Following on from Making your own ArduinoBoy, here is a photographic guide…
Continue reading ArduinoBoy build
I have already touched upon this in GameBoy Flashers, however I want to make cheap GameBoy flash cartridges using commercially available items…
Continue reading Making your own GameBoy Flash cartridges
Following on from ArduinoBoys and others and Scaling PDF for PCB, here’s a step by step guide to making Trash80’s ArduinoBoy, on a PCB. For a photographic guide, see ArduinoBoy build.
Obviously, you don’t have to use a PCB and you could make the ArduinoBoy using stripboard/veroboard, ProtoShield, or even on a breadboard… see at the bottom for a suggested layouts.
BTW, I assume Trash80’s moniker is a nod to the Radio Shack TRS-80?
Continue reading Making your own ArduinoBoy
Following on from , is the Sega GameGear any good for Chiptunes and MIDI?
Continue reading Battered GameGear
Ninetendo DS Lite, 180 baht in the Din Daeng market. No battery, battery cover, or stylus. How useful is it for MIDI, Chiptunes, etc.?
Continue reading Battered Nintendo DS Lite
Following on from Chiptunes, this is an ArduinoBoy specific article. ArduinoBoy was developed by Trash80. It also covers ArduinoBoy derivatives, such as TeensyBoy, and others… This blog is continued in Making your own ArduinoBoy.
Continue reading ArduinoBoys and others
Following on from Chiptunes and Battered GameBoy, I thought I’d investigate trying to get a LSDJ on the cheap, see DMG music cartridge… and ended up also investigating flashers, as it is probably cheaper to buy a flashable card than trying to source an original LSDj cartridge.
Continue reading GameBoy Flashers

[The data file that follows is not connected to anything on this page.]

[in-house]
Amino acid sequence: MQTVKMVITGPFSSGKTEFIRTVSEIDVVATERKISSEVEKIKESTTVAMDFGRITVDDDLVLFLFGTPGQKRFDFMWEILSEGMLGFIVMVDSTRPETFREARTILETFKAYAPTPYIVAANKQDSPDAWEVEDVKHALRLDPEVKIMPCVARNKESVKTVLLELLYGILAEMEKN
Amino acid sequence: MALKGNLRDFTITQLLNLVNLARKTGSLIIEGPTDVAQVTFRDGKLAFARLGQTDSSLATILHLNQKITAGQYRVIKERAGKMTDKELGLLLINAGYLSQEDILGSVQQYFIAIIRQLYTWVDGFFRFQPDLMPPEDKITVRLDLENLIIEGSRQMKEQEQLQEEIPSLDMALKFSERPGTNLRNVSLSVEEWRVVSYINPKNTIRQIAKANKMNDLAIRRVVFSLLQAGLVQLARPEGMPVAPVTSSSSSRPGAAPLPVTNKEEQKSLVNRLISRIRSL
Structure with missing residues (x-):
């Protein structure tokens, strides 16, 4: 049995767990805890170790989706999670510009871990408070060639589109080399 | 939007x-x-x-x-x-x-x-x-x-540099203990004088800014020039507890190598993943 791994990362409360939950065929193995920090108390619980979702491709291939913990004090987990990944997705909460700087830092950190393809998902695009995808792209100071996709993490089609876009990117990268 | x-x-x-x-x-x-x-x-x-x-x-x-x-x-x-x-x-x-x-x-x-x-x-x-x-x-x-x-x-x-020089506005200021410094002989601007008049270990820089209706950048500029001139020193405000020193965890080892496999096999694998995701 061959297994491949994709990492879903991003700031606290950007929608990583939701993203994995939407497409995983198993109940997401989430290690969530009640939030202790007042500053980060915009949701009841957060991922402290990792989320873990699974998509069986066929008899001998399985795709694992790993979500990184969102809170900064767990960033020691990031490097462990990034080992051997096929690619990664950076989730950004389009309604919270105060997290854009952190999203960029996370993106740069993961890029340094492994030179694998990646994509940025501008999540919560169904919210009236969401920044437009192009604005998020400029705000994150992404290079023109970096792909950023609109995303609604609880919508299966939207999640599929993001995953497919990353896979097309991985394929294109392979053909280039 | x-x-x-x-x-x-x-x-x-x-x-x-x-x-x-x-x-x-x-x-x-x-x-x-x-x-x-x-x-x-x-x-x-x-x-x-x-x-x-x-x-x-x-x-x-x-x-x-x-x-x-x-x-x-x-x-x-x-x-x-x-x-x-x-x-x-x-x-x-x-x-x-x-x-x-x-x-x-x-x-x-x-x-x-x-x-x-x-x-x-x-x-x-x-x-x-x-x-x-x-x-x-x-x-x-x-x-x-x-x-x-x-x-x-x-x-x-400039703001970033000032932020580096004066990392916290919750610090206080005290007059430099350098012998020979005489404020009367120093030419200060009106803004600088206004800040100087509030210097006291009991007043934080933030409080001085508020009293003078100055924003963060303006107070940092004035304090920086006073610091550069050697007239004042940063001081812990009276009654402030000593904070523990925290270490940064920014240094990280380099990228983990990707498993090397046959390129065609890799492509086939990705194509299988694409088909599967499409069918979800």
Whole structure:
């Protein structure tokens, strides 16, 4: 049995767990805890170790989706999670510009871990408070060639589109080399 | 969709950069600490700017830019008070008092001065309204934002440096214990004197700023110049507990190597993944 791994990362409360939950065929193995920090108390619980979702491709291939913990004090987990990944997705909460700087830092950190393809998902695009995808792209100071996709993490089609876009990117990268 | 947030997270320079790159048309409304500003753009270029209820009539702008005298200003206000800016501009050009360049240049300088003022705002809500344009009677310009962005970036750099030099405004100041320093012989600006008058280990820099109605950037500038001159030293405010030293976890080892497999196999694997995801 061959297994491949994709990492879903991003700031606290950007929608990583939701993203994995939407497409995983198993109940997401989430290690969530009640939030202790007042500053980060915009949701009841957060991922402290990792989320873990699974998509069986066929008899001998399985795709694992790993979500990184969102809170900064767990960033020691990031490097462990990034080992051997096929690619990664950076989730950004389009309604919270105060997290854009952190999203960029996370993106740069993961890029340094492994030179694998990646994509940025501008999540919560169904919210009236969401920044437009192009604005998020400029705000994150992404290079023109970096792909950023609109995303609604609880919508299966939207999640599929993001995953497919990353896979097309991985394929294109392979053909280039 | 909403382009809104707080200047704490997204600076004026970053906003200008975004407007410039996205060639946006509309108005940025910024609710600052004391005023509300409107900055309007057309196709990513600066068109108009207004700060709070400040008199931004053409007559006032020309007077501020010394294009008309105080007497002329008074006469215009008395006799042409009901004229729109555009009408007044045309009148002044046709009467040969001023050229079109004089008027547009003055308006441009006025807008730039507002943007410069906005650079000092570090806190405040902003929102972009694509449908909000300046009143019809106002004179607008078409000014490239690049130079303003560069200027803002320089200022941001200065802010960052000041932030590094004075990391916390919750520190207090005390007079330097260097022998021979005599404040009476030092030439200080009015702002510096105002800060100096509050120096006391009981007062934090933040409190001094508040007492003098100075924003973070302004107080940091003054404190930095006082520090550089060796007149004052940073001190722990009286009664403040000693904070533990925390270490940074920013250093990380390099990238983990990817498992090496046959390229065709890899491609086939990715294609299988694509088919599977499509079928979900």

Following on from Chiptunes, I purchased a beautiful red GameBoy original from the market for 30 baht. Obviously, at that price, it is in a right bad state.
Continue reading Battered GameBoy
Everyone is talking about Chiptunes these days, the retro sound obtained from the games devices, and home computers of the 80s:
- Music from Game Boys –
- Commodore 64 SID chip, MOS Technology 6581 and 6582/8580R5, see SID and MOS Technology SID. See also, Video chip 6567 (VIC20) – Datasheets are here.
- The 8580 runs at a different voltage and sounds different to the 6581. The 8580 is compatible with the 6581, but requires some minor circuit changes, including a 78L09 transistor. Used in the Innovation SSI-2001, see Replica Sound Cards – AdLib, Innovation SSI-2001, and SwinSID Ultimate. See also Innovation SSI-2001: the story of one of the rarest sound cards for the IBM PC (and its replica)
- SwinSID – A replica of the SID. The Ultimate can emulate the old 6581 or newer 8580 SID. See Replica Sound Cards – AdLib, Innovation SSI-2001, and SwinSID Ultimate at 10:34. Downloads, PCB from PCBWay
- General Instruments AY-3-8910
- Yamaha YM2149F, a derivative of the AY-3-8910
- Yamaha YM3812 (aka OPL2), used in the AdLib PC sound card, early 1991 SoundBlaster v2.0 CT1350B and the Pro Audio Spectrum, see How Oldschool Sound/Music worked at 4:32. Also used in PSS-470 Yamaha keyboard. See also Ad-Lib Sound Card for the Parallel Port and Replica Sound Cards – AdLib, Innovation SSI-2001, and SwinSID Ultimate.
- Yamaha YMF262 (aka OPL3) – Backwards compatible with YM3812, and used in SoundBlaster 16, Pro Audio Spectrum 16 and ESS/Crystal Audio. See also Ad-Lib Sound Card for the Parallel Port
- Texas Instruments SN76489
- Texas Instruments SN76496 – competitor of the AY-3-8910, identical to the SN76489 but with sound in.
- From Why did the IBM PC need a sound card?, both the SoundBlaster and ZXSpectrum128k used a AY-8912, see AY-3-8910 Variants
- Intel 8253 and 8254 is a basic timer chip used by the PC internal speaker (not soundcard)
- From Building my Dream Computer – Part 2 @ 40:02 (see also @18:59):
- YM-2151 (as found in the Yamaha DX27/100 keyboard)
- SAA-1099 (Creative Labs Game blaster and sound blaster)
- PC DAC, see How the Covox and Disney Sound Source Worked.
- Covox ST (Speech Thing) –
- Disnet SS (Sound Source) –
Featured image courtesy of Button Masher T.O.
Continue reading Chiptunes